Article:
Apereo CAS - OpenID Connect Key Rotation & Revocation

Posted by Misagh Moayyed on November 11, 2021 · 7 mins read ·

When using Apereo CAS as an OpenID Connect OP, a recommended practice for non-trivial deployments typically is one to secure and rotate keys. Key rollover requires that we discard current keys and generate a new pair of keys to be used for signing and verifying the tokens. In this blog post, we will take a look at how to configure Apereo CAS to handle key rotation and revocation automatically, or forcefully.

Our focus is based on the following:

Overview

National Institute of Standards and Technology (NIST) proposes that one should rotate the keys after a certain period. The previous keys must be discarded, and newly generated keys must be used for further cryptographic operations.

According to NIST guidelines, both keys must be rotated at least once every two years. CAS deployments typically rotate keys once every six months.

Key Generation

When it comes to handling keys and keystores for OpenID Connect Protocol, Apereo CAS offers several options.

First, CAS is able to auto-generate a keystore at a defined path:

cas.authn.oidc.jwks.jwks-file=file:/path/to/keystore.jwks

This keystore is only generated when the file pointed out by that setting does NOT exist. If it does, CAS would happily load and parse the file without any complaints.

The keystore that is generated by CAS is quite ordinary, but it has one extra special parameter, state:

{
    "keys": [
        {
            "kty": "RSA",
            "kid": "cas-dlBHszev",
            "n": "...",
            "e": "AQAB",
            "d": "...",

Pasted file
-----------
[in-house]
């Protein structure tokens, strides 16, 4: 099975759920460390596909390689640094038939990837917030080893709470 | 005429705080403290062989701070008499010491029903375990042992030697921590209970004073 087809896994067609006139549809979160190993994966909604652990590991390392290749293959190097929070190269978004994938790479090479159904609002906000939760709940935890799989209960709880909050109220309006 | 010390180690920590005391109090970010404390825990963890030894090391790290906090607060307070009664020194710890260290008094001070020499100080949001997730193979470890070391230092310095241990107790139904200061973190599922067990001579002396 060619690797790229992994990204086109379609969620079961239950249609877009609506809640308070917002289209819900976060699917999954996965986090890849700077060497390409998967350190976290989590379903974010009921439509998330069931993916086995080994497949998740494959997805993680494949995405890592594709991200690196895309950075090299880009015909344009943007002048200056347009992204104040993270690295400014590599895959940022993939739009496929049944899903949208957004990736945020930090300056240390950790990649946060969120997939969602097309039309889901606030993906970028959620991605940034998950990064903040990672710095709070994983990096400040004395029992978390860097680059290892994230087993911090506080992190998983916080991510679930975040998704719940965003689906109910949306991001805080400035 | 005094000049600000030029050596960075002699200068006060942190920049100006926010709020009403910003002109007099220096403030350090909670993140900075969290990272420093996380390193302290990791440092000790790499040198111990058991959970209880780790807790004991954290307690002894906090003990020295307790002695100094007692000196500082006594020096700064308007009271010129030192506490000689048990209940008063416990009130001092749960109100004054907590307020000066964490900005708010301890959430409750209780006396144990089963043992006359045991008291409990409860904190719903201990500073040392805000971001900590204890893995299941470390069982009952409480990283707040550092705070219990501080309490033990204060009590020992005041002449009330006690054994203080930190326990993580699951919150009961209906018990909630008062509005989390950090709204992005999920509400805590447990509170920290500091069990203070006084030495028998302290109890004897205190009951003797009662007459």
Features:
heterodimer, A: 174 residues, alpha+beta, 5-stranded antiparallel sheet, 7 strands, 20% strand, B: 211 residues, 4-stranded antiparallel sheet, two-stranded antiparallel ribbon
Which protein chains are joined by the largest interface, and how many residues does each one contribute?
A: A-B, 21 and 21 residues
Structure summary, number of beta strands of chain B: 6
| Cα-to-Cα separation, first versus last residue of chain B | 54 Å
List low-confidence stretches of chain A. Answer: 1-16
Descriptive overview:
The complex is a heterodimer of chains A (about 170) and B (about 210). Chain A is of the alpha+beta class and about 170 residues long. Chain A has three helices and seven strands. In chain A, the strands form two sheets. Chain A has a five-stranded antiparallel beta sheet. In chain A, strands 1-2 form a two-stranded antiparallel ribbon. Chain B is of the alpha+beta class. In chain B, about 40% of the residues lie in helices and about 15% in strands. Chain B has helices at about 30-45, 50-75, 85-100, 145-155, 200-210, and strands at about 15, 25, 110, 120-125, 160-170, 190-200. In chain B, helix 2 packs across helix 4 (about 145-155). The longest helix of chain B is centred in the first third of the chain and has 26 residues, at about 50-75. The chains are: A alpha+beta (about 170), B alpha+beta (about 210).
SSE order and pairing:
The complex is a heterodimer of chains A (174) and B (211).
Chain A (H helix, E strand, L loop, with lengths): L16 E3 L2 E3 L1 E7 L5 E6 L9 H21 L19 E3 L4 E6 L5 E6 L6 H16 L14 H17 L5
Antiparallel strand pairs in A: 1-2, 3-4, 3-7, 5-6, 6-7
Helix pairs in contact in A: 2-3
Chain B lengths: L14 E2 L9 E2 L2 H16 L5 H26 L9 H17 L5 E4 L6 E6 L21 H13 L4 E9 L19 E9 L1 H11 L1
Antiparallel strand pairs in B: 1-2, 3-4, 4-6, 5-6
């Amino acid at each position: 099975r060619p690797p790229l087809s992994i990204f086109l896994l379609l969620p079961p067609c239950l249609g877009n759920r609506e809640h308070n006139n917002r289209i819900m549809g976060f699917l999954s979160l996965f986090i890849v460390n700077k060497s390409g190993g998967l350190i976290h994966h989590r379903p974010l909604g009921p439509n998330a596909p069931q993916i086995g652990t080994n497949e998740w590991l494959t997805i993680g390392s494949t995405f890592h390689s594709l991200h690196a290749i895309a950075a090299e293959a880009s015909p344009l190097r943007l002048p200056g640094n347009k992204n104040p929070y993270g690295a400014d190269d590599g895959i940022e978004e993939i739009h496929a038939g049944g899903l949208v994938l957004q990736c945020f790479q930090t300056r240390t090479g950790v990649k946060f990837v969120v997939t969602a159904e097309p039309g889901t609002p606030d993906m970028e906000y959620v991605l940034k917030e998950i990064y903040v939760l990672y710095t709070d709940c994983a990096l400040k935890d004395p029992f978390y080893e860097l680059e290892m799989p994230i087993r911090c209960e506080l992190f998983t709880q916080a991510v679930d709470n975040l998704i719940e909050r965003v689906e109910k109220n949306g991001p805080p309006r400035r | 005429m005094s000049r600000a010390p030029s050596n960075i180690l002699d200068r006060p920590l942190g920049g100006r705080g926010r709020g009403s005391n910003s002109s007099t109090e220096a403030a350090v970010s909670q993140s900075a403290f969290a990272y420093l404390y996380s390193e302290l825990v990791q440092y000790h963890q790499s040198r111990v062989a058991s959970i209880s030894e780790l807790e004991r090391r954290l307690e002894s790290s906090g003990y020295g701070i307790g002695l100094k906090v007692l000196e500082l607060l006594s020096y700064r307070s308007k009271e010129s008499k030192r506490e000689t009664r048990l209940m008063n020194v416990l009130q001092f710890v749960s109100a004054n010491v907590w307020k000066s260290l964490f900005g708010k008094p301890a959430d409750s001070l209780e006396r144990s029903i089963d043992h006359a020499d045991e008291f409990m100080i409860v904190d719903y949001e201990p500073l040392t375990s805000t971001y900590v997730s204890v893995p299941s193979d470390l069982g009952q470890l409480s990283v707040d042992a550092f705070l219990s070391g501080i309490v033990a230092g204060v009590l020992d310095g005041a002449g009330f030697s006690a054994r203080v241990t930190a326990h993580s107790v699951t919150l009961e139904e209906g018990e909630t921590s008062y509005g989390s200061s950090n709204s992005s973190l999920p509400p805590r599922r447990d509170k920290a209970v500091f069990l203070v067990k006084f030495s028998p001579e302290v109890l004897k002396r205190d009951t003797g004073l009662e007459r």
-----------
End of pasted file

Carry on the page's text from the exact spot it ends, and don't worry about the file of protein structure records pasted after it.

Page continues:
"p": "...",
            "q": "...",
            "dp": "...",
            "dq": "...",
            "qi": "...",
            "state": 0
        }
    ]
}

The state parameter indicates the status of the key lifecycle. A value of 0 indicates this key is active and current and will be used for required crypto operations as necessary.

Dude, Where’s My…Key?

Per the OpenID Connect specification, you can always ask CAS to produce its keys:

$ curl https://sso.example.org/cas/oidc/jwks | jq

You could also ask CAS to narrow down the list of keys for you by specifying the needed state:

$ curl https://sso.example.org/cas/oidc/jwks\?state=current | jq

Other possible states are previous and future.

Key Rotation

Typically, CAS maintains three different and distinct keys in its keystore:

  • The current key, used for signing operations, etc soon to be rotated when necessary.
  • The future key, which would take the place of the current key once after keys are rotated.
  • The previous key, no longer in rotation and a candidate for removal via revocation operations. CAS does allow a reasonable schedule for key rotation. The schedule can be controlled via:
cas.authn.oidc.jwks.rotation.schedule.repeat-interval=PT30S
cas.authn.oidc.jwks.rotation.schedule.start-delay=PT30S
cas.authn.oidc.jwks.rotation.schedule.enabled=true

During key rotation operations,

  • Current key is put out of rotation; its status changes to previous.
  • Future key takes the place of the current key.
  • A new future key is generated and would be on standby.

If you do not want to wait for the rotation schedule to kick in and wish to forcefully rotate keys, you can always ask CAS to run the rotation routine for you:

$ curl https://sso.example.org/cas/actuator/oidcJwks/rotate | jq

Key Revocation

Key revocation operations begin to refresh the state of the keystore by removing previous keys. Similar to key rotation routines, key revocation may also be designed to follow a reasonable schedule:

cas.authn.oidc.jwks.revocation.schedule.repeat-interval=PT60S
cas.authn.oidc.jwks.revocation.schedule.start-delay=PT30S
cas.authn.oidc.jwks.revocation.schedule.enabled=true

…and as ever, if you do not want to wait for the revocation schedule to kick in and wish to forcefully revoke keys, you can always ask CAS to run the revocation routine for you:

$ curl https://sso.example.org/cas/actuator/oidcJwks/revoke | jq

Need Help?

If you have questions about the contents and the topic of this blog post, or if you need additional guidance and support, feel free to send us a note and ask about consulting and support services.

So…

I hope this review was of some help to you and I am sure that both this post as well as the functionality it attempts to explain can be improved in any number of ways. Please feel free to engage and contribute as best as you can.

Happy Coding,

Misagh Moayyed